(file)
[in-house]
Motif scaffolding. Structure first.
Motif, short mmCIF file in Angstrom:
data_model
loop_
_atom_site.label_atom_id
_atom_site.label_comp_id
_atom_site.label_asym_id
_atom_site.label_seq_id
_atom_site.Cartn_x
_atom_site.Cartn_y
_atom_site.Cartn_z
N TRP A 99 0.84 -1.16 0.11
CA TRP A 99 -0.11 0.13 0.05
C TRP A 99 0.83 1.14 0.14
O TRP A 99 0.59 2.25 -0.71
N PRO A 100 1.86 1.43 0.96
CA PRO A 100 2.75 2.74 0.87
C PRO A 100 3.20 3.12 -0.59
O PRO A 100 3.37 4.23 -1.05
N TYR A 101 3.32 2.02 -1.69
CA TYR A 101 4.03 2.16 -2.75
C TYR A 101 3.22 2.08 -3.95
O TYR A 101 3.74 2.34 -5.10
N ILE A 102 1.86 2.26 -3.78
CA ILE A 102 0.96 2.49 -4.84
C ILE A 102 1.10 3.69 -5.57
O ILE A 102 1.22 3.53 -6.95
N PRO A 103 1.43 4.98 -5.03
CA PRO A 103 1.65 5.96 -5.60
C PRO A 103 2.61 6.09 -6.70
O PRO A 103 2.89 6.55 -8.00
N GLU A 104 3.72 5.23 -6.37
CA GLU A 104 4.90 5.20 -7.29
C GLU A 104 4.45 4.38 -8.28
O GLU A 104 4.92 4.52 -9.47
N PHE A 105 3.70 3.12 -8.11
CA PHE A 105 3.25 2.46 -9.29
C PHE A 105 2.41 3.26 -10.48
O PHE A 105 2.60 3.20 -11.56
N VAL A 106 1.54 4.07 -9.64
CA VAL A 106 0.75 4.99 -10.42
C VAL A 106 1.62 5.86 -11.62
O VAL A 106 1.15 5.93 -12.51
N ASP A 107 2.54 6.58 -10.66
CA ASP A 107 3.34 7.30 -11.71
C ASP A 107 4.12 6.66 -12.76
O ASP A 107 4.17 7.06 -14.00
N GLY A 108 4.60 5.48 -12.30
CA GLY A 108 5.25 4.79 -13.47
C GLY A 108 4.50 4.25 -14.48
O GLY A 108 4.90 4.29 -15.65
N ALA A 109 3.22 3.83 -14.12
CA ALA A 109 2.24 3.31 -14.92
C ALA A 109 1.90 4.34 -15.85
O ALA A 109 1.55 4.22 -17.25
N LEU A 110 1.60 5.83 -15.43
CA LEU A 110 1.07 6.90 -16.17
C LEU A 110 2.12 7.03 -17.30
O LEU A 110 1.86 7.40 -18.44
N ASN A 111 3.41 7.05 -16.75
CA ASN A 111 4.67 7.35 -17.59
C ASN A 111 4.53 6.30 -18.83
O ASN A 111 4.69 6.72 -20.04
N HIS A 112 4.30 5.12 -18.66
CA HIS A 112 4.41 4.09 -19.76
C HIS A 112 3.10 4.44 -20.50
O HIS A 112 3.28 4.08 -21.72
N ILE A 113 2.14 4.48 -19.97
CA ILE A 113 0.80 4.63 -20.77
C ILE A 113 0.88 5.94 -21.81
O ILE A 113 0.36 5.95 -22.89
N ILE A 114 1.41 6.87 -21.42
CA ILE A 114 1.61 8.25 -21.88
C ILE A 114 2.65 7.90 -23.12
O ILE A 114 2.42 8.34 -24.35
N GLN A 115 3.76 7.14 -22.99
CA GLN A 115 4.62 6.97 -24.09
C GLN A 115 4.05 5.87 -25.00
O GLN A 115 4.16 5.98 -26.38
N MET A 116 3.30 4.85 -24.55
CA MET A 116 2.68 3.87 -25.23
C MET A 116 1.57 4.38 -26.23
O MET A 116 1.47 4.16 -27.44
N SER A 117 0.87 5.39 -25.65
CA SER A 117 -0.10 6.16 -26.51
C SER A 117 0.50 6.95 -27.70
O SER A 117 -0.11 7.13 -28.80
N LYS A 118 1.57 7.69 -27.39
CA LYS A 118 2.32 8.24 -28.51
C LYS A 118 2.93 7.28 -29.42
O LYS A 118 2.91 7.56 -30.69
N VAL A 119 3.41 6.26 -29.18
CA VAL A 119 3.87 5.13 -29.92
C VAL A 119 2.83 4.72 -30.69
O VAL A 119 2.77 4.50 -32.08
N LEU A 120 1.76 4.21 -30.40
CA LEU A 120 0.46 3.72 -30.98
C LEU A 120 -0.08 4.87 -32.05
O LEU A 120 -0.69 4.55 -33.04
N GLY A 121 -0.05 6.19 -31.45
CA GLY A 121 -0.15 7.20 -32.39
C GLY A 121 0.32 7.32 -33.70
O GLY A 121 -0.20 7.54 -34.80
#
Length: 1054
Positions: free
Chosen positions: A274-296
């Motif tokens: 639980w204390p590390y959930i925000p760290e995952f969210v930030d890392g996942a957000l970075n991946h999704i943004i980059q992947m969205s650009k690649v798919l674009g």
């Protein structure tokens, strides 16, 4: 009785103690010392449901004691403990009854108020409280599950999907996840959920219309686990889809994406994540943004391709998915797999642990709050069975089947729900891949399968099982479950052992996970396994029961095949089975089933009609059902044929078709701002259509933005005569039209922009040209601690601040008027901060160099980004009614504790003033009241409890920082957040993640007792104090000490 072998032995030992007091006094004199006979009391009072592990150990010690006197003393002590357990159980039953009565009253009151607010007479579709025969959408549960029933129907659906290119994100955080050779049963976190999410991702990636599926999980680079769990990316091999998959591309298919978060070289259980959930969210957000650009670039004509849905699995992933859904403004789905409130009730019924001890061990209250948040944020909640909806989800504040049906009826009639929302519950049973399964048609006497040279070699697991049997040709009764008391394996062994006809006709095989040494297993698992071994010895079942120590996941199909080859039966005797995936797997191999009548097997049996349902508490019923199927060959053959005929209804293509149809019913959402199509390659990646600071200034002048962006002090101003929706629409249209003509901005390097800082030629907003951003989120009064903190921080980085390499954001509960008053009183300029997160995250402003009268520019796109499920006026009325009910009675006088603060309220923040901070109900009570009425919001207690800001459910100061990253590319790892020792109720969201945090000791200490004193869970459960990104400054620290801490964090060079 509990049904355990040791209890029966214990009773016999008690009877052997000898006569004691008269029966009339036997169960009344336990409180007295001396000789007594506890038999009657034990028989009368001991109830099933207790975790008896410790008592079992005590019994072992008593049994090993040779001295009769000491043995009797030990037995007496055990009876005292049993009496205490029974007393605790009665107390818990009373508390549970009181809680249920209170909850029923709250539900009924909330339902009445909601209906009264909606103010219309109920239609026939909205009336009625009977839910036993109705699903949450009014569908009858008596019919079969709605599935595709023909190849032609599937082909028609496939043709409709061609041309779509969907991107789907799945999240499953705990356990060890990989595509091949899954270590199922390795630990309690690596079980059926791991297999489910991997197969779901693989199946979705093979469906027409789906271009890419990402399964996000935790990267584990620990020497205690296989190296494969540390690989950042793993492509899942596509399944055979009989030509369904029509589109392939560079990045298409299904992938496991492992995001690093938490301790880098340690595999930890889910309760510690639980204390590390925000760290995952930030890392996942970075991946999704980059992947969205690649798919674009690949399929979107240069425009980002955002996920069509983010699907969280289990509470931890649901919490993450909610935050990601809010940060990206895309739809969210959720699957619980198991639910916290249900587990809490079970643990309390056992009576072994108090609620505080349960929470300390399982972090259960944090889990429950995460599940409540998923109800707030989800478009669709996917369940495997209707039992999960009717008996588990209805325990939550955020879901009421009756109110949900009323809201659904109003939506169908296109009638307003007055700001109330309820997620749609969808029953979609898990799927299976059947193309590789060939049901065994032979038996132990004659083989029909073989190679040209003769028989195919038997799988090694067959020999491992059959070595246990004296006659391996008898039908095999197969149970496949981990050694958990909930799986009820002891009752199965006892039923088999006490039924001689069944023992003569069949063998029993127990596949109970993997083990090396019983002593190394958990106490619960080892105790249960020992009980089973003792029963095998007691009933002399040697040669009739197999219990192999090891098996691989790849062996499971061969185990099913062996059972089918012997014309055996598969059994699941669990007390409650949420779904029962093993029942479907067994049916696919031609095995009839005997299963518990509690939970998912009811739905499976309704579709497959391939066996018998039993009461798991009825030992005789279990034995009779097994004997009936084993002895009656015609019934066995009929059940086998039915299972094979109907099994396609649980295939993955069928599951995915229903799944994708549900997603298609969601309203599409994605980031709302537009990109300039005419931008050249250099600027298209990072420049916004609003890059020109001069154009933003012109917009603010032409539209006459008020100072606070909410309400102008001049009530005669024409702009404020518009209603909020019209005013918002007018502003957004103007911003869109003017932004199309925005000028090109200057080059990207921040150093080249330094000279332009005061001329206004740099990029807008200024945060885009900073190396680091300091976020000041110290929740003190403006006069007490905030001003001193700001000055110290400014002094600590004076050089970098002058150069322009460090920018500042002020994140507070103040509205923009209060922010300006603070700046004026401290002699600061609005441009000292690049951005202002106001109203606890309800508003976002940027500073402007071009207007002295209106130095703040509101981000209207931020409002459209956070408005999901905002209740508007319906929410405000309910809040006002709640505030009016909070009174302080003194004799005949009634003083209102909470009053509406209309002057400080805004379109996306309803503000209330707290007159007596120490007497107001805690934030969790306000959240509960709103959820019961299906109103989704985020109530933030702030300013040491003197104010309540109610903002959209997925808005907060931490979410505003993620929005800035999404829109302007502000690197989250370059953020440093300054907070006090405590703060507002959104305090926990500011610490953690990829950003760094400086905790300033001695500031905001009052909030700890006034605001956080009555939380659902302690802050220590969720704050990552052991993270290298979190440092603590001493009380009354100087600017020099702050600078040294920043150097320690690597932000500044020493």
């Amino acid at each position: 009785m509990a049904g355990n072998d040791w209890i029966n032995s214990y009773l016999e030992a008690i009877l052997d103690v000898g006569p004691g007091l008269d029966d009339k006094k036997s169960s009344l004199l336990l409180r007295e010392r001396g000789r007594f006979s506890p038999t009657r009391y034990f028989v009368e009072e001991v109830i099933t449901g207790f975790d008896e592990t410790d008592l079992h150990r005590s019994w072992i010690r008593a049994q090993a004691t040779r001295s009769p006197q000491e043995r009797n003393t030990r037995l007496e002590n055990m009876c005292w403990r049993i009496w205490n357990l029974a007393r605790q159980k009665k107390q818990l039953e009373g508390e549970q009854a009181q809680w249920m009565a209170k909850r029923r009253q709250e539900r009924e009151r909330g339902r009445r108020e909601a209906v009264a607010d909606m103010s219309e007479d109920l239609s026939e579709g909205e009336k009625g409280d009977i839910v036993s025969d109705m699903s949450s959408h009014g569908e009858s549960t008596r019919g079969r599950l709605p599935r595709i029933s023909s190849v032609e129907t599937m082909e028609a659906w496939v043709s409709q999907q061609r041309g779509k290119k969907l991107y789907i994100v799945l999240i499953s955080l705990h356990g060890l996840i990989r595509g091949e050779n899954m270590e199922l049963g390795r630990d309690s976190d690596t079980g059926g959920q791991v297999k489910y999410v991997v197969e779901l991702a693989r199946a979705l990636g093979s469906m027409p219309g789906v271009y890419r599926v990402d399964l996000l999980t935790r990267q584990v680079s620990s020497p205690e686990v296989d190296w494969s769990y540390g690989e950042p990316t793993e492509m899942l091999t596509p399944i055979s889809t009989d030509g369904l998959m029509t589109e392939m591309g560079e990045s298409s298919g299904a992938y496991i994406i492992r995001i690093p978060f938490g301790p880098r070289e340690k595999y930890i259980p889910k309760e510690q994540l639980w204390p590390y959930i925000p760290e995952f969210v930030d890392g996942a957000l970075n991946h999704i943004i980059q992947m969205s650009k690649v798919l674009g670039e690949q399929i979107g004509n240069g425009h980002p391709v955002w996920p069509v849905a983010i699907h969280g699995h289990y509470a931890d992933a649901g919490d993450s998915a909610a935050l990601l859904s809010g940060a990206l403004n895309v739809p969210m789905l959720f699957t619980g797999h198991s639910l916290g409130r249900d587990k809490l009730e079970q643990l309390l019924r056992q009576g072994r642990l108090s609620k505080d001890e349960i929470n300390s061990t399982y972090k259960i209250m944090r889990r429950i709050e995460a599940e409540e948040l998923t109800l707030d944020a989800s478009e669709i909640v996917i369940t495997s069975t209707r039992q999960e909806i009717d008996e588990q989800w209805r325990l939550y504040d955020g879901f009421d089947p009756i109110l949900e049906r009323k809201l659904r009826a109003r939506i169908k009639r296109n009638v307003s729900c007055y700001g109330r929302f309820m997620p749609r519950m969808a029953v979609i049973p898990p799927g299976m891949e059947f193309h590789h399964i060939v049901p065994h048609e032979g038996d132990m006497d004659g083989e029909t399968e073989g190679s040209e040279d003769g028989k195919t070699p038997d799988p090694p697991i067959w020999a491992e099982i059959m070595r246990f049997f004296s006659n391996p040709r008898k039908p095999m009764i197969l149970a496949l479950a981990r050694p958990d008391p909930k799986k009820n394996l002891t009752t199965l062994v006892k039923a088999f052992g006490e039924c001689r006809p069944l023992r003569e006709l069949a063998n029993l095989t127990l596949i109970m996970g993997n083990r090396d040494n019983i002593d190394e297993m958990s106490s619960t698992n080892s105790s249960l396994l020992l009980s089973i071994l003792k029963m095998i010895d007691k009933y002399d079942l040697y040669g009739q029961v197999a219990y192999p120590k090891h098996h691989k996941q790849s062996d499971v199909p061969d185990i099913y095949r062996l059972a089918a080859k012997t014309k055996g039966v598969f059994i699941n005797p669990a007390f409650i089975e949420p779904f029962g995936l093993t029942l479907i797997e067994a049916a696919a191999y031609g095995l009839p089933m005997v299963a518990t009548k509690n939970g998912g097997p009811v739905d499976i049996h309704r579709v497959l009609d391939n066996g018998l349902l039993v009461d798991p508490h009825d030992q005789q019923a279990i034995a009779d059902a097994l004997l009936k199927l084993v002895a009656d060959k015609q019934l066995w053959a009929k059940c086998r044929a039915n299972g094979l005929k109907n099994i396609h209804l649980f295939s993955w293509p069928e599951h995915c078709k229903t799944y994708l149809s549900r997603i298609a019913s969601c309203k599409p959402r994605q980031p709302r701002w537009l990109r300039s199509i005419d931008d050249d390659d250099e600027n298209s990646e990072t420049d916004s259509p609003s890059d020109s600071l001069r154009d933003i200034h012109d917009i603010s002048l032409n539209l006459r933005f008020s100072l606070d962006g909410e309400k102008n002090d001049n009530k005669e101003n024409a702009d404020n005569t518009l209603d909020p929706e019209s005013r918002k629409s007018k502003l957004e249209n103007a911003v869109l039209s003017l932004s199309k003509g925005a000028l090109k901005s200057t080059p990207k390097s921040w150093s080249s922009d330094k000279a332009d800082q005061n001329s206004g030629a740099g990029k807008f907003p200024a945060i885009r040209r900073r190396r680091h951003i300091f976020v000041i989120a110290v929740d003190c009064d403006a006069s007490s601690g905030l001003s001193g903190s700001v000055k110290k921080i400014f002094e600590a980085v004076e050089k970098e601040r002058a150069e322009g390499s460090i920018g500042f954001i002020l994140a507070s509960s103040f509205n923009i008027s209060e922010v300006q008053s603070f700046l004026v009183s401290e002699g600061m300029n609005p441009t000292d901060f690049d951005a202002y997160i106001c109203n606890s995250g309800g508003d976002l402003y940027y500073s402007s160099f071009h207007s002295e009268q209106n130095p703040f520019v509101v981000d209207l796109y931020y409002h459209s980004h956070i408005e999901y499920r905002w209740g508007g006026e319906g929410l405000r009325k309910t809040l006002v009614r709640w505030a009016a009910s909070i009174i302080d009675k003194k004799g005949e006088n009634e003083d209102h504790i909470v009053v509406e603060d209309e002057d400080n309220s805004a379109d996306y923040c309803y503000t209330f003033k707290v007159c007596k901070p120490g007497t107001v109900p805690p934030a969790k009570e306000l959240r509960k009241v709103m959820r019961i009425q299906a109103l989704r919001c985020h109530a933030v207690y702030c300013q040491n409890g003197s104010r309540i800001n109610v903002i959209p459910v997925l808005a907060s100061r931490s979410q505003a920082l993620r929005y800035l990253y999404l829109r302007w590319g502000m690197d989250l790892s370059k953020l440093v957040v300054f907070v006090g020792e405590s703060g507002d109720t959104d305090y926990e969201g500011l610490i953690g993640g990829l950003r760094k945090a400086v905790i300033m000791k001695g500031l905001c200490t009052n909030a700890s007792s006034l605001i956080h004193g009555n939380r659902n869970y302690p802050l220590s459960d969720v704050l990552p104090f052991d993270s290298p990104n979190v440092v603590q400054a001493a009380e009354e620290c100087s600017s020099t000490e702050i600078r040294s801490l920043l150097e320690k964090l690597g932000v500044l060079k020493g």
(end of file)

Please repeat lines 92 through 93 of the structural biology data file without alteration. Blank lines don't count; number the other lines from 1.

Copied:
O LYS A 118 2.91 7.56 -30.69
N VAL A 119 3.41 6.26 -29.18